Day Fifteen: Paris, France-Trois Times the Fun

Friday, July 03, 2009
Day Three in Paris-The Day I REALLY fell in love. I was softened on Day Two with the fabulous Louvre, and Notre Dame, but Day Three is when I got to experience the charm of Paris, it was a great finale. We woke up and took a metro back to the Island Notre Dame is anchored on, and where the city was birthed. We arrived, and I got in line to climb the bell tower (the line was too long the day before). There were already about 15 people in the line, but they let people in by groups of 20, about every ten minutes. You can start climbing at 10 am. There are over 400 steps up to the top of the tower. These stairs are tight spaces circling in tight spirals. There have been so many visitors who took this journey before me and the stone steps are indented because of the feet brushing past each one over the years. On the way up there are two stops-the first is at a gift shop (what's a famous landmark without a gift shop?), level one of the bell tower, and then, about four more flights up, the top! The pathway is narrow, and between the first and second tower you wait again next to a walkie talkie armed employee until enough of the 'other visitors' leave that area for you to move up. On the way BACK down there are no stops....and I was dizzy after the fast descent. You are at the mercy of the people before, and after you to determine the pace as you make that climb together. My Mom chose to stay down below due to knee problems, and exhaustion. From the top you can see the city as the gargoyles do, and it's pretty neat. I think I'm still caught up in thinking about all the people that climbed before me....LONG before me, what they saw, what they didn't see, what they experienced along with those same Gargoyles. Were I a writer, I'd write those gargoyle's tales...oh....wait, I think that's been done. :O) It's worth a visit if your knees will take it!

Our next stop was Montmatre and the Sacre Coeur. This is the ONLY hill in Paris, so the view from the top is stupendous. The church is pretty fabulous itself!

We took the metro, and when we exited, we wound our way to the funiculaire that took us to the top of the hill for the price of a metro ticket. Mom was ready to avoid these intimidating stairs, and it didn't take much arm twisting after my adventure in Notre Dame's belltower. At the top we took in the view of the city, and then we began walking through the streets. This part of Paris was left alone when 'the renovations' were done, so it retains the old charm, and it's the Paris I always expected to find (I also found this authentic feel in the Latin Quarter, across from Notre Dame). The buildings are each a little different, the streets are steep, and cobbled, and there are large windmills still resting atop their homes from their days of service many years ago (include the famous Moulin Rouge!). There are artist sitting under umbrellas in the squares sketching visitor's portraits, and painting scenes from around Paris. There are also some fun little shops, and cafes with great views of the city from the sidewalk tables. We stumbled upon one with the best food, a sweet waitress, and an even better view of the city below. We walked our way down off the hill, and took a Metro to Hotel des Invalides. We passed it the day before on our driving tour, but I wanted a closer look. It's many things, including Napolean's resting place (his tomb is directly under the gold dome).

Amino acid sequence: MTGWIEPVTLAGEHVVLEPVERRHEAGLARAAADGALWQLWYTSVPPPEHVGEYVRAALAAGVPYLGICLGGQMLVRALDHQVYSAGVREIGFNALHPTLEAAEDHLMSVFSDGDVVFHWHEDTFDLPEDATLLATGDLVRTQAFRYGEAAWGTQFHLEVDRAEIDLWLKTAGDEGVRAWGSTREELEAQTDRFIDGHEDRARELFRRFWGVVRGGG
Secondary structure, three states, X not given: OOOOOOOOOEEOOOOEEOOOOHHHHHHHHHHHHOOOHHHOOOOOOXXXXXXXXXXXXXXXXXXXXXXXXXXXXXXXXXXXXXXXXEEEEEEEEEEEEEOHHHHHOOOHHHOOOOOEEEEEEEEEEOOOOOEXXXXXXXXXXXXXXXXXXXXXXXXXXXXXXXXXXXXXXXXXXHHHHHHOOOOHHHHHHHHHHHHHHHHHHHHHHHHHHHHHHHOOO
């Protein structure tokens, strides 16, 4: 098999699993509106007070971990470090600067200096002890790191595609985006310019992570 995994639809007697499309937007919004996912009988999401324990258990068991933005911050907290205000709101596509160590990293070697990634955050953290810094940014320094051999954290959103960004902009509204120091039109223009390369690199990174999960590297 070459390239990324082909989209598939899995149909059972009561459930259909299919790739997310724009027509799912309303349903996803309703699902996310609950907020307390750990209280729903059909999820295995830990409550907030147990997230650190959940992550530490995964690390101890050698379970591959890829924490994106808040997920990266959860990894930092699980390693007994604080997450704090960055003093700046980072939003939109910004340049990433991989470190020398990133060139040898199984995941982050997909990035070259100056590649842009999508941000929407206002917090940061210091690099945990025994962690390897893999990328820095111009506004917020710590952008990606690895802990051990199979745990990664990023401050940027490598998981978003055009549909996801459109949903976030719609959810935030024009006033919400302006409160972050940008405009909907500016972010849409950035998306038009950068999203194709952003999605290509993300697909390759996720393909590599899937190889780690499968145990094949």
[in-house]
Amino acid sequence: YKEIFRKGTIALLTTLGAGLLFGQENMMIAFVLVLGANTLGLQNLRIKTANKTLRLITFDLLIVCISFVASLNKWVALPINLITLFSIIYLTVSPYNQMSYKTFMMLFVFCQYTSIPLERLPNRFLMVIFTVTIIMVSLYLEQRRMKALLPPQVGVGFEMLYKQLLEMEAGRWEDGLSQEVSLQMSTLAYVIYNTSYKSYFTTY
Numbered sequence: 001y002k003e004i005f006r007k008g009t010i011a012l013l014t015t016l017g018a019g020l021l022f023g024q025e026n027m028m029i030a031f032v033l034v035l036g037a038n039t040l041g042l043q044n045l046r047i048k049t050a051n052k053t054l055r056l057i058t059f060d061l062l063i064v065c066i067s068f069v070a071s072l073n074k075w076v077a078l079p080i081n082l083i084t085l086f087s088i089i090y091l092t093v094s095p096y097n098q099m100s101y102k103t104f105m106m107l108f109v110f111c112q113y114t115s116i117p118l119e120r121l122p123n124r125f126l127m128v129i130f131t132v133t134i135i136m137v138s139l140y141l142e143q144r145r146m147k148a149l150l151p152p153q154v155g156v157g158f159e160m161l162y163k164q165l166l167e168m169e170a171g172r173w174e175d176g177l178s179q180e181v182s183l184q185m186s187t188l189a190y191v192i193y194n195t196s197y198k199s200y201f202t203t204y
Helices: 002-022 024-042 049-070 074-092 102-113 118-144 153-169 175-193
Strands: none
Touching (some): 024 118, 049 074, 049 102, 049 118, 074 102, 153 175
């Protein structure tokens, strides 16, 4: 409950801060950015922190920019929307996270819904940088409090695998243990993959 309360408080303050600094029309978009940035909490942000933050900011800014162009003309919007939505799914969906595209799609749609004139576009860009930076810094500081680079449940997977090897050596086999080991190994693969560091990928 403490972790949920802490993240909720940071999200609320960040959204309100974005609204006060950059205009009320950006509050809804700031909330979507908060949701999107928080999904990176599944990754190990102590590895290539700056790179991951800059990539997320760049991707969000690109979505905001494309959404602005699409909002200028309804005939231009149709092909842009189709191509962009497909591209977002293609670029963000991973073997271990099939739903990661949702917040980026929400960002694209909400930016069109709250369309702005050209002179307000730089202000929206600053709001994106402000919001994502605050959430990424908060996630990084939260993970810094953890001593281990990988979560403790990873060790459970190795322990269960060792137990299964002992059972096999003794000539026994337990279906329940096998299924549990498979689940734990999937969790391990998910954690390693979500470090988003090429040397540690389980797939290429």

Next, I wanted to walk under the Eiffle Tower.

We made the mile plus walk to the park that lead up to the tower, and walked around, I grabbed another crepe by the river (did I mention I like them?), and then we decided to walk to the next thing on my list-The Statue of Liberty. It was a much longer walk than I thought it would be (no surprise-despite all the sweets, and bread-I lost a few pounds at the end of this trip with all the walking and stairs.)

She wasn't as big as 'ours' (which I knew), but she is indeed an almost exact replica....go figure, the brochures don't lie. We then just stumbled upon a bus route next to the statue that led us to our final stop for the day, and so we felt adventurous and decided to take it, which was neat. We got to experience the people coming and going from the bus, and the city shutting down for the work day on the 45 minute trip. The last stop was the Museum of Modern Art-not for the inside, no, that didn't interest me, it was the fountains on the outside simply because in French Class this was the scene of many of the 'greetings among friends' that we watch to learn the language,'s the one spot I least I remembered something from all those years of French!

...and then, we shopped around, caught the metro back to the hotel, grabbed some bread (because I hadn't had enough), and got to sleep relatively early in preparation for our early morning trip to the airport. Paris was the hardest city for me to even like, it wasn't initially a very warm, and inviting place when we entered it through the large boulevards, but even those started to appeal to me after I got the chance to see some of the character that lies in the layers around the city. I think a must are the Eiffle Tower, Louvre, Notre Dame, Montmatre, and the Latin Quarter-they are a great representation of all the city has to offer, but had I not visited the last two-I would have left a little disheartened. HAVING visited those two places, I feel like there are so many more stones to upturn, and it's a place I'd love to visit again someday!

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